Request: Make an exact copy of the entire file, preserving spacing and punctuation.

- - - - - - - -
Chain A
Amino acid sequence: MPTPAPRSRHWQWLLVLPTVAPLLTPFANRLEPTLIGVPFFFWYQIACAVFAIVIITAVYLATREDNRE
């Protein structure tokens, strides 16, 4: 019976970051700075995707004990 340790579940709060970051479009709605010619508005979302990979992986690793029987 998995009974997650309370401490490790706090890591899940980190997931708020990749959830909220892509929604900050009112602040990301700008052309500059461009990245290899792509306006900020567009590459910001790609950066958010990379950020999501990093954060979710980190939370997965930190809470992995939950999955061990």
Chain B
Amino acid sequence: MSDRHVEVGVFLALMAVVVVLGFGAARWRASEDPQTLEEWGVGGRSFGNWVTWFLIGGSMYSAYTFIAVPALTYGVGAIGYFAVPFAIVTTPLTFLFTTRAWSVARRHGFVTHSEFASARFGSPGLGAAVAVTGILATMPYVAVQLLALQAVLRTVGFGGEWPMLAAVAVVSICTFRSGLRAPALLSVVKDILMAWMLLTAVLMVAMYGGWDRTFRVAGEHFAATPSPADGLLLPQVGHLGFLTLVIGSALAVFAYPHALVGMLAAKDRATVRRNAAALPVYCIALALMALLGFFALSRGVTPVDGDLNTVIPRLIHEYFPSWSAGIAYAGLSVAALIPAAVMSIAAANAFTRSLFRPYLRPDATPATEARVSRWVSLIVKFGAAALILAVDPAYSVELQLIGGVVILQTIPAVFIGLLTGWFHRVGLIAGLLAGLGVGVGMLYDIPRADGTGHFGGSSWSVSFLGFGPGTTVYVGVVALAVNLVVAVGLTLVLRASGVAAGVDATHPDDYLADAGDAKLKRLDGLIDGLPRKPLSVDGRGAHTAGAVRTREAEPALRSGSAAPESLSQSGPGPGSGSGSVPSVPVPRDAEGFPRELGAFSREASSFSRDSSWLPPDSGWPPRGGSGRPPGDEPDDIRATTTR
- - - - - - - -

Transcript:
Chain A
Amino acid sequence: MPTPAPRSRHWQWLLVLPTVAPLLTPFANRLEPTLIGVPFFFWYQIACAVFAIVIITAVYLATREDNRE
């Protein structure tokens, strides 16, 4: 019976970051700075995707004990 340790579940709060970051479009709605010619508005979302990979992986690793029987 998995009974997650309370401490490790706090890591899940980190997931708020990749959830909220892509929604900050009112602040990301700008052309500059461009990245290899792509306006900020567009590459910001790609950066958010990379950020999501990093954060979710980190939370997965930190809470992995939950999955061990």
Chain B
Amino acid sequence: MSDRHVEVGVFLALMAVVVVLGFGAARWRASEDPQTLEEWGVGGRSFGNWVTWFLIGGSMYSAYTFIAVPALTYGVGAIGYFAVPFAIVTTPLTFLFTTRAWSVARRHGFVTHSEFASARFGSPGLGAAVAVTGILATMPYVAVQLLALQAVLRTVGFGGEWPMLAAVAVVSICTFRSGLRAPALLSVVKDILMAWMLLTAVLMVAMYGGWDRTFRVAGEHFAATPSPADGLLLPQVGHLGFLTLVIGSALAVFAYPHALVGMLAAKDRATVRRNAAALPVYCIALALMALLGFFALSRGVTPVDGDLNTVIPRLIHEYFPSWSAGIAYAGLSVAALIPAAVMSIAAANAFTRSLFRPYLRPDATPATEARVSRWVSLIVKFGAAALILAVDPAYSVELQLIGGVVILQTIPAVFIGLLTGWFHRVGLIAGLLAGLGVGVGMLYDIPRADGTGHFGGSSWSVSFLGFGPGTTVYVGVVALAVNLVVAVGLTLVLRASGVAAGVDATHPDDYLADAGDAKLKRLDGLIDGLPRKPLSVDGRGAHTAGAVRTREAEPALRSGSAAPESLSQSGPGPGSGSGSVPSVPVPRDAEGFPRELGAFSREASSFSRDSSWLPPDSGWPPRGGSGRPPGDEPDDIRATTTR